sharing is caring: #57

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1. Netflix’s competitive set is sleep?

2. A powerful view about how we consume ideas today and why that needs to change.

This is flooding (a term I just coined, so I would know): the practice of unleashing a mass torrent of the same stories by the same storytellers at the same time, making it almost impossible for anyone but the same select few to rise to the surface.

But this infinite cycle of death and renewal is the perfect metaphor for what has actually happened to monoculture in a world that runs on social media, which is that each week it is resurrected around something new, for a brief period, with all the loudest voices in attendance, before expiring again, only to coalesce the next week around something else.

We choose virality instead — repackaged, reshaped, shareable versions of what has come before — and equate it to quality because of its resonance…This isn’t quality, or real diversity; it’s familiarity.

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sharing is caring: #54

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Still waiting for the spring while having a hard time believing that it’s March!  Time flies and below are interesting reads of past couple of weeks.

1.  “Snowplow” parents are “helicopter” parents on steroids. Whenever I become a parent, I hope to god that these terms do not apply to me. Note to self: teach growth mind & grit to my future kid.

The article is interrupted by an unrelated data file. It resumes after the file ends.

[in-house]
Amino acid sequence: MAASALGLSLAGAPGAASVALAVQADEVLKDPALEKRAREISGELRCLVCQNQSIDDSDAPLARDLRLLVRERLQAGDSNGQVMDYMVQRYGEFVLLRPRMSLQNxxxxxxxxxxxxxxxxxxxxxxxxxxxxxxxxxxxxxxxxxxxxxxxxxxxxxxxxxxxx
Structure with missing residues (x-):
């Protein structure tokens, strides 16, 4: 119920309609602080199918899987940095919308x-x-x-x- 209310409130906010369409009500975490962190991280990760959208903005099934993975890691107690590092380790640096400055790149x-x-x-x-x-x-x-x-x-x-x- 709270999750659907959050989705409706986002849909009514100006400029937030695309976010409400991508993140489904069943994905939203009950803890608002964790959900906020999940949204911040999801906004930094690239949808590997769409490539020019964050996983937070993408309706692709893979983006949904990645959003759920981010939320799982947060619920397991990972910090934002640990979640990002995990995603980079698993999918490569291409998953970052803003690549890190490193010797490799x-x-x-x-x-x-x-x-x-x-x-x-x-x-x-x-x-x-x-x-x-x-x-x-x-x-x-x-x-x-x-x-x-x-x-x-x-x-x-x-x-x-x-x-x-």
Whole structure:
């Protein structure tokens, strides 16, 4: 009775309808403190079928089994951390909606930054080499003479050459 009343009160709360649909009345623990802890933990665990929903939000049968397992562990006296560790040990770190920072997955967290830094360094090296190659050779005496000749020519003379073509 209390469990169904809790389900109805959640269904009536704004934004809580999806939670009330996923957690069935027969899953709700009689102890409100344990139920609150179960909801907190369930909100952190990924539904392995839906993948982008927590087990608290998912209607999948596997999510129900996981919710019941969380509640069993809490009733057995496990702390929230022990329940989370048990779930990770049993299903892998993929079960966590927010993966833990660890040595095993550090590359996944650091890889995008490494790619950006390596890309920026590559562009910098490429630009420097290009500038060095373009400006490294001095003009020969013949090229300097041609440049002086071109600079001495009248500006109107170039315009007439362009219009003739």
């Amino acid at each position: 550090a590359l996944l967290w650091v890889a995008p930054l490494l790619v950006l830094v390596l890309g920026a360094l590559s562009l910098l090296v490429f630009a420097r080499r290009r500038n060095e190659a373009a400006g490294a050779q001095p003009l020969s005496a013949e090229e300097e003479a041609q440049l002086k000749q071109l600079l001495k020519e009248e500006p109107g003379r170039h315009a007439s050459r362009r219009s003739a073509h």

2. What will happen if I decide to opt-out of all smart home gadgets? I guess I’ll find out in the near future.Read More »

sharing is caring: #44

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Below are some articles that’s been collecting dust in my inbox as I recovered from my travels.

This year, I’m trying to make less resolutions and live with more clarity. Have only a couple of objectives and make each day count.

1. Can’t believe that “sponcon” is a real concept among wanna-be influencers. An extreme version of fake it ’til you make it

2. Because I strived to de-clutter my email situation all of last year, I’m not a fan of “inbox infinity” but maybe that’s the realistic future for me as well.

Adopting inbox infinity means accepting the fact that there will be an endless, growing amount of email in your inbox every day, most of which you will never address or even see.

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